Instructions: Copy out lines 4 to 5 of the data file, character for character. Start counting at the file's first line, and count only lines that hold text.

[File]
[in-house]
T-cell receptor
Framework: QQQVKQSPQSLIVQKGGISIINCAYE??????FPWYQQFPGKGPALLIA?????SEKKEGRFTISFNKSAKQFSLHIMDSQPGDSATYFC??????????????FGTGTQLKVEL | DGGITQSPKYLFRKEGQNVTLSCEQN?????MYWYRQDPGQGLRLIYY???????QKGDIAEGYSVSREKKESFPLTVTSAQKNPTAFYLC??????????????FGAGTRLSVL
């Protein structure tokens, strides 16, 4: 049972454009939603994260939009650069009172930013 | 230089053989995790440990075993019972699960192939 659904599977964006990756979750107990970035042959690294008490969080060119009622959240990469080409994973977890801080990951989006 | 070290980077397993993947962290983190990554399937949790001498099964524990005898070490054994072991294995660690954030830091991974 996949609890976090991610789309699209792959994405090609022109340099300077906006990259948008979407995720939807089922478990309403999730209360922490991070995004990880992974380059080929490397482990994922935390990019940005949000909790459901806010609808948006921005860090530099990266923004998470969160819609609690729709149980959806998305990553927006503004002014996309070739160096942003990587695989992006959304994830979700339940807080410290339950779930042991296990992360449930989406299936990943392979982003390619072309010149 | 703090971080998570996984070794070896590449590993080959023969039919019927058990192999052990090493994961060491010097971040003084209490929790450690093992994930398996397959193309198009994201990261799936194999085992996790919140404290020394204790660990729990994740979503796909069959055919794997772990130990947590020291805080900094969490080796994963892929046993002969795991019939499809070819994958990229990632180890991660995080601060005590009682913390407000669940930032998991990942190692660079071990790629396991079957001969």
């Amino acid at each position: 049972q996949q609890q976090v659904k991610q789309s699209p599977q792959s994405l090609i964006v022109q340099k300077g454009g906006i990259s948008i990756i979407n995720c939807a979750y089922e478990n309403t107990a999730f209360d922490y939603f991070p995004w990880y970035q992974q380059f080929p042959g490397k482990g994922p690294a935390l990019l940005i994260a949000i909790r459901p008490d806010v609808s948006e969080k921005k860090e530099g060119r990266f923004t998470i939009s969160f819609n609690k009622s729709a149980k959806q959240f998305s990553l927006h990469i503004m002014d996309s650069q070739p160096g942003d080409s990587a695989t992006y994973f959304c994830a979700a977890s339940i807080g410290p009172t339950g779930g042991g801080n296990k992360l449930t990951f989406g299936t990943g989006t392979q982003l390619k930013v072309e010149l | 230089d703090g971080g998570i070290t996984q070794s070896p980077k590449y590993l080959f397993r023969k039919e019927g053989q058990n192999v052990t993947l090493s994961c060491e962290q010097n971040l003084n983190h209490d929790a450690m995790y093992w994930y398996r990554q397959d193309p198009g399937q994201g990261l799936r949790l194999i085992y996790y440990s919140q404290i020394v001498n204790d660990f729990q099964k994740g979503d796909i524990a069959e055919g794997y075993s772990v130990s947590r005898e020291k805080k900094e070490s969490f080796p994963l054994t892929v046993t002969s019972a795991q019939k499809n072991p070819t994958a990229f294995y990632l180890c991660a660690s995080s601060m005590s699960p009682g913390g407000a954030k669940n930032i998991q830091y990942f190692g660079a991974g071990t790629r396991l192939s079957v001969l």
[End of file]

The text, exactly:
């Protein structure tokens, strides 16, 4: 049972454009939603994260939009650069009172930013 | 230089053989995790440990075993019972699960192939 659904599977964006990756979750107990970035042959690294008490969080060119009622959240990469080409994973977890801080990951989006 | 070290980077397993993947962290983190990554399937949790001498099964524990005898070490054994072991294995660690954030830091991974 996949609890976090991610789309699209792959994405090609022109340099300077906006990259948008979407995720939807089922478990309403999730209360922490991070995004990880992974380059080929490397482990994922935390990019940005949000909790459901806010609808948006921005860090530099990266923004998470969160819609609690729709149980959806998305990553927006503004002014996309070739160096942003990587695989992006959304994830979700339940807080410290339950779930042991296990992360449930989406299936990943392979982003390619072309010149 | 703090971080998570996984070794070896590449590993080959023969039919019927058990192999052990090493994961060491010097971040003084209490929790450690093992994930398996397959193309198009994201990261799936194999085992996790919140404290020394204790660990729990994740979503796909069959055919794997772990130990947590020291805080900094969490080796994963892929046993002969795991019939499809070819994958990229990632180890991660995080601060005590009682913390407000669940930032998991990942190692660079071990790629396991079957001969």
């Amino acid at each position: 049972q996949q609890q976090v659904k991610q789309s699209p599977q792959s994405l090609i964006v022109q340099k300077g454009g906006i990259s948008i990756i979407n995720c939807a979750y089922e478990n309403t107990a999730f209360d922490y939603f991070p995004w990880y970035q992974q380059f080929p042959g490397k482990g994922p690294a935390l990019l940005i994260a949000i909790r459901p008490d806010v609808s948006e969080k921005k860090e530099g060119r990266f923004t998470i939009s969160f819609n609690k009622s729709a149980k959806q959240f998305s990553l927006h990469i503004m002014d996309s650069q070739p160096g942003d080409s990587a695989t992006y994973f959304c994830a979700a977890s339940i807080g410290p009172t339950g779930g042991g801080n296990k992360l449930t990951f989406g299936t990943g989006t392979q982003l390619k930013v072309e010149l | 230089d703090g971080g998570i070290t996984q070794s070896p980077k590449y590993l080959f397993r023969k039919e019927g053989q058990n192999v052990t993947l090493s994961c060491e962290q010097n971040l003084n983190h209490d929790a450690m995790y093992w994930y398996r990554q397959d193309p198009g399937q994201g990261l799936r949790l194999i085992y996790y440990s919140q404290i020394v001498n204790d660990f729990q099964k994740g979503d796909i524990a069959e055919g794997y075993s772990v130990s947590r005898e020291k805080k900094e070490s969490f080796p994963l054994t892929v046993t002969s019972a795991q019939k499809n072991p070819t994958a990229f294995y990632l180890c991660a660690s995080s601060m005590s699960p009682g913390g407000a954030k669940n930032i998991q830091y990942f190692g660079a991974g071990t790629r396991l192939s079957v001969l």